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For startups, 2009 was a good year. More than 20 companies launched at that time, including Uber, Slack, Pinterest, and Blue Apron, eventually achieved $1 billion-plus valuations. Given that those companies were all venture-financed and emerged from Silicon Valley, you might assume that the key ingredients that have ensured their success were cutting-edge technologies, digital platforms, and customer bases that were chiefly made up of digital natives. You would be wrong.

Yes, those companies had great technologies, platforms, and demographics, but the secret of their success turns out to be much more prosaic. Each was able to satisfy real customers who needed real jobs done — and by jobs, I mean a fundamental problem in a given situation that needed a solution. In other words, they had great business models.

Every successful company, whether it knows it or not, owes its success to its business model. I explained this in an article that was published in Harvard Business Review in 2008, before any of those companies began, and, now, 10 years later, that still holds true, as more and more of the business discourse is focused on digital transformation. A digital platform, or a digital solution, may enable a new epoch of transformative growth, but when you get under a company’s hood and look to see what’s really driving it, the engine of transformation turns out to be its business model.

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In my article, I identified the four interlocking elements that, taken together, create and deliver value to both companies and its customers:

Customer Value Proposition (CVP), which is a way to help customers get a job done. The more important the job, the lower the level of satisfaction with other companies’ attempts to solve it, and the better and cheaper your solution is than theirs, the more potent your CVP.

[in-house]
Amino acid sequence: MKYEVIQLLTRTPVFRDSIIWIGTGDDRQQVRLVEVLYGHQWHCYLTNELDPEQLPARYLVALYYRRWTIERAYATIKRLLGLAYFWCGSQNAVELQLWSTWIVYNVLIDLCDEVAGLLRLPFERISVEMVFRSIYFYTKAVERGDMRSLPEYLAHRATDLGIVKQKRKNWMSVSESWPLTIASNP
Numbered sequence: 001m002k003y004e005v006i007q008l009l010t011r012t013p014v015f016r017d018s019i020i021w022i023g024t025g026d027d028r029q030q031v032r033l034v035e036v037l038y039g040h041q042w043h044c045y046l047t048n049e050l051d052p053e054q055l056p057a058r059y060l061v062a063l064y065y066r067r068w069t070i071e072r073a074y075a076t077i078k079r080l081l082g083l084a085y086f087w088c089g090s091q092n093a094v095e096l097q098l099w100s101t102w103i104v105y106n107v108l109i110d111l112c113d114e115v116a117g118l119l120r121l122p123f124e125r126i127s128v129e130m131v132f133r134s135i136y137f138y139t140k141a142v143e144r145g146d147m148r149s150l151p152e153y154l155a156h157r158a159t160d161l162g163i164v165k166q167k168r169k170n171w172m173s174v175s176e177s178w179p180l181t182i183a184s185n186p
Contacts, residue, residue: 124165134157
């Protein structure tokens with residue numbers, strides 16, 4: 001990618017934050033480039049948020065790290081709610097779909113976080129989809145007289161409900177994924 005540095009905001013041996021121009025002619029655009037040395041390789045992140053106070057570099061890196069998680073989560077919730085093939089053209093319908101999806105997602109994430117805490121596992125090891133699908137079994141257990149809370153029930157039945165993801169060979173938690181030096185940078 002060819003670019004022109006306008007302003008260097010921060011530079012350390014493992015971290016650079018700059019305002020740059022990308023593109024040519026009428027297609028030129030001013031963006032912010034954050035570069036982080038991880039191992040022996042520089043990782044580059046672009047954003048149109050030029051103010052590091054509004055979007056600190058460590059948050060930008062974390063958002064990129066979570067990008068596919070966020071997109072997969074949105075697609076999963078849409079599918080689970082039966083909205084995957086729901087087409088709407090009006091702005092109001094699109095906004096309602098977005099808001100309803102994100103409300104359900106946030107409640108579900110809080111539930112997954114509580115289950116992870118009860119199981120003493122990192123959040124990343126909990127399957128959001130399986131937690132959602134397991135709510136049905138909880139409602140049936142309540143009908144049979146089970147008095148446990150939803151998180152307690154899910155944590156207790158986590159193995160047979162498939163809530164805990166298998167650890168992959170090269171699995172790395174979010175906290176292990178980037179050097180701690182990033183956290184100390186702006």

The second is a Profit Formula, or how you create value for yourself while providing value to a customer. There are four essential elements to the formula: revenues, cost structure, margins, and resource velocity. The best way to create a profit formula is to work backwards, either starting with the price for lower cost businesses that is required to deliver the CVP, and then determining what the cost structure and other factors need to be or in highly differentiated businesses, start with the needed cost structure and margins that leads to the required price.

Key Resources are the assets that are required to deliver the CVP to the customer at a profit, meaning the people, technology, products, facilities, equipment, channels, and brand.

Key Processes are the operational and managerial capabilities that allow a company to deliver value in a way that can be repeated and scaled. These include manufacturing, budgeting, planning, sales and marketing, and customer service.

Successful business models have an exceptionally strong CVP, and a stable, scalable system in which all the elements mesh together seamlessly while complementing each other. As simple as this framework may seem, its power lies in the complex interdependencies of its parts. Major changes to any one of these elements affect the others and the whole.

Read the full article ON Harvard Business Review